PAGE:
For two straight years, we’ve seen NHL free agency’s ultimate tool of chaos — the offer sheet — wielded by general managers hoping to snag a quality young talent.
Rewind back to this time last year, and it was Montreal Canadiens third-overall pick Jesperi Kotkaniemi stolen away by the Carolina Hurricanes courtesy of a one-year offer sheet. A couple years before that, it was the Habs trying to do the same to the Canes, offering star centre Sebastian Aho a five-year sheet.
You have to go back six years to find the previous flurry of attempts — the Flames trying to get Ryan O’Reilly from the Avalanche in 2013, the Flyers trying to ink then-Predator Shea Weber in 2012, the Sharks hoping to land Niklas Hjalmarsson from Chicago in 2010. Like Aho’s deal, all three of those were matched by the players’ clubs, with the last rare successful offer-sheet transfer before Kotkaniemi coming in 2007, when the Oilers signed Dustin Penner away from the Ducks.
It’s a tool clubs have turned to time and time again, and with plenty of talented teams navigating the off-season with limited cap space, and the Canes coming off a successful attempt last year, will we see more sheets tendered this week?
The key reason we just might: the absurd plethora of talent sitting in this year’s restricted free-agent pool. From goaltenders to defenders to premier scorers up front, there are plenty of names worth taking a gamble on.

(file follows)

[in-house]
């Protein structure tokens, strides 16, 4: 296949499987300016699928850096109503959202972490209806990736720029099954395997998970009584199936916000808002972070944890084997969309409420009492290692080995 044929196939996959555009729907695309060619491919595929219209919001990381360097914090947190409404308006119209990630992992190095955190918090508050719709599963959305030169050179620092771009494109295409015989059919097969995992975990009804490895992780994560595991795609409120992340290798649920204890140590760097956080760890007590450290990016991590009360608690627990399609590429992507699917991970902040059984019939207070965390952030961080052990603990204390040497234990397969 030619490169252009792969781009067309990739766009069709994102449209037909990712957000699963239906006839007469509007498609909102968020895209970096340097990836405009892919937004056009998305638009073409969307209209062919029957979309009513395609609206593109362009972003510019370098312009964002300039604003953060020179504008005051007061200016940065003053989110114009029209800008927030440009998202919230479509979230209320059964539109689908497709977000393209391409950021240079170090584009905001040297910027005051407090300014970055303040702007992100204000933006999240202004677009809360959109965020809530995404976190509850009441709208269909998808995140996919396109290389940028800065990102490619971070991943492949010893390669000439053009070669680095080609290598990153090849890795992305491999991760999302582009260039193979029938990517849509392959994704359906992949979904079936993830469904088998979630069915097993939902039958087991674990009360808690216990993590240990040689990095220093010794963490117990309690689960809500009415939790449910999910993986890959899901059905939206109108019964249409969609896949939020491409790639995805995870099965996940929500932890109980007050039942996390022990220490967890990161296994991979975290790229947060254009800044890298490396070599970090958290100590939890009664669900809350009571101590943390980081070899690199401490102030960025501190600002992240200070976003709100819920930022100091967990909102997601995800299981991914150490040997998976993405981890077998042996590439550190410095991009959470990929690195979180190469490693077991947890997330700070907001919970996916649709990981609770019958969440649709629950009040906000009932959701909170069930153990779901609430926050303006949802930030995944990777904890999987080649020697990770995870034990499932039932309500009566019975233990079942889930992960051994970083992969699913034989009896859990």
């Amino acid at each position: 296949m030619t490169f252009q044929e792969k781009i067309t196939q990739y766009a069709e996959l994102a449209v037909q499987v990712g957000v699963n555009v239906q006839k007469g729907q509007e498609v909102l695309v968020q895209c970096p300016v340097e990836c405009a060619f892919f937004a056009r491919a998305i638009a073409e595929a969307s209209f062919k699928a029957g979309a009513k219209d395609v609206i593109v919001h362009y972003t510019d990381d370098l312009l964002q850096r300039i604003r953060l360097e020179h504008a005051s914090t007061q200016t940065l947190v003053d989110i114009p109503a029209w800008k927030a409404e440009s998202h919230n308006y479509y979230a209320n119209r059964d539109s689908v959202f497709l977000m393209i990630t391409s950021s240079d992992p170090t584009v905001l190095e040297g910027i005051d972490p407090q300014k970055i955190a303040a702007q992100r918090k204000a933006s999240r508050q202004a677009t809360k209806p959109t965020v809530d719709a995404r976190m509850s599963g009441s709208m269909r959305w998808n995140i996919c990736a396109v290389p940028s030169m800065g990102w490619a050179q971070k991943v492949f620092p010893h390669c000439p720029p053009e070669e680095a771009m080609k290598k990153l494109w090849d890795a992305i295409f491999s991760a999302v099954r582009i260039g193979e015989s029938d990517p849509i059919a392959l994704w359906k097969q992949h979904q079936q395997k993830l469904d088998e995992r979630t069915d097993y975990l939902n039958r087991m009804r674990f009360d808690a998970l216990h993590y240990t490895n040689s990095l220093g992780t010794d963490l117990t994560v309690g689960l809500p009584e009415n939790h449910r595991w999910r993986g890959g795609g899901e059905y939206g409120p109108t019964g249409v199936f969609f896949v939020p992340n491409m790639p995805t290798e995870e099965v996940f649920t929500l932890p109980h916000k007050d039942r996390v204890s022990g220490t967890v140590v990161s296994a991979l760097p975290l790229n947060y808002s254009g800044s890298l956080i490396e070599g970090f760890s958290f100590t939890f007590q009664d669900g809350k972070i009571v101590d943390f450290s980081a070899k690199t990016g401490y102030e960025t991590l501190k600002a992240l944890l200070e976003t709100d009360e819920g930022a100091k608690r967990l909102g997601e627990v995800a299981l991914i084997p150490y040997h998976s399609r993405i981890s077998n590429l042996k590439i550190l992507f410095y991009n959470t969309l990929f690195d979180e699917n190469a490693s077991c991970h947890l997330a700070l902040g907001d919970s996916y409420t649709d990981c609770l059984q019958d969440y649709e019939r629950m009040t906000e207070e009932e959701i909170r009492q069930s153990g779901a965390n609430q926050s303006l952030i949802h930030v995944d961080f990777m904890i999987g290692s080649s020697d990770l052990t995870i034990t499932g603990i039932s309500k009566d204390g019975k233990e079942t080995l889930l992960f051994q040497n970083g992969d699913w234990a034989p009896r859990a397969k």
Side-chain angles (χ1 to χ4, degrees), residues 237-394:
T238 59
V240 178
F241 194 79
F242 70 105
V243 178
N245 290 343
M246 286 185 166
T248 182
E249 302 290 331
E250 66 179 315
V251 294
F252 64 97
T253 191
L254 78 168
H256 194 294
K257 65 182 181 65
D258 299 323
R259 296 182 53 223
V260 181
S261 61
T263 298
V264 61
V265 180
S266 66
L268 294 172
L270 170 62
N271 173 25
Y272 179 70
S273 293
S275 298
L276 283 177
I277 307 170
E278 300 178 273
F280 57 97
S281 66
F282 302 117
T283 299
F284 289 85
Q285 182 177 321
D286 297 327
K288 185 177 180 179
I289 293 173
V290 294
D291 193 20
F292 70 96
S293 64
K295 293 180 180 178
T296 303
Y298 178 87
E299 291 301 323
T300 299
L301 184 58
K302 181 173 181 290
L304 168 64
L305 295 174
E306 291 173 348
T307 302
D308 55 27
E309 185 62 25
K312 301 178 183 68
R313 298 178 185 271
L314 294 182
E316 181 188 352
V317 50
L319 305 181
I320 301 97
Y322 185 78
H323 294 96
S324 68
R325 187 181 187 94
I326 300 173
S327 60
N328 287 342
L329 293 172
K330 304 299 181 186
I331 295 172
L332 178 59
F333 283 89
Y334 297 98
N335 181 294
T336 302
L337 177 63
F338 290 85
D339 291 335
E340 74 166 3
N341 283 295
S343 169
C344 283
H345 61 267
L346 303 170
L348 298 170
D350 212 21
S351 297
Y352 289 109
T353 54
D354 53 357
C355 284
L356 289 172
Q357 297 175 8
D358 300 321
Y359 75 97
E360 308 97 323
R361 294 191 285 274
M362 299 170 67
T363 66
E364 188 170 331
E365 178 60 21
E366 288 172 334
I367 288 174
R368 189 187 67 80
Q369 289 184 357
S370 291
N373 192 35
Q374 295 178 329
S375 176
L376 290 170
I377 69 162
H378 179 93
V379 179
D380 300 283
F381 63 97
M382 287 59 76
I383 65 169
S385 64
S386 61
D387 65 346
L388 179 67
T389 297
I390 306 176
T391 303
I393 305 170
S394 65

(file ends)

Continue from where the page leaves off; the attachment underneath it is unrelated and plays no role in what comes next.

Before we get to those top options though, a rundown of the rules: As the process currently stands, if a club tenders an offer sheet to an RFA, and the offer sheet is signed by that RFA, the club that would be receiving the player must send that player’s former team some level of draft-pick compensation, the haul going the other way determined by the average annual value of said offer sheet.
Here’s how the compensation tiers break down:
$1,386,490 or below — No draft choices
Over $1,386,490 to $2,100,742 — Third-round pick
Over $2,100,742 to $4,201,488 — Second-round pick
Over $4,201,488 to $6,302,230 — First-round pick, Third-round pick
Over $6,302,230 to $8,402,975 — First-round pick, Second-round pick, Third-round pick
Over $8,402,975 to $10,503,720 — 2 first-round picks, Second-round pick, Third-round pick
Over $10,503,720 — 4 first-round picks
Starting Tuesday, RFAs can be contacted regarding potential offer-sheets. Let’s take a look at who might be receiving a call:
Goaltender, Dallas Stars
Drafted 26th overall by Dallas back in 2017, the 23-year-old netminder has been working his way up over the past half-decade, splitting time between the AHL and the big club. He logged seven regular-season games in Dallas this past season, and 10 for the AHL’s Texas Stars. But it was what Oettinger did in these past playoffs that likely had GMs around the league paying attention.
Over the course of a wild seven-game first-round series against the Calgary Flames, the young ‘tender put up a ridiculous .954 save percentage, earned a Game 2 shutout, and gave his Stars a fighting chance until the very end. While Dallas earned three wins in that series, Oettinger’s best performances came in two of the games his side lost — a ridiculous 50-save performance in Game 4, and 64 saves in an all-or-nothing Game 7.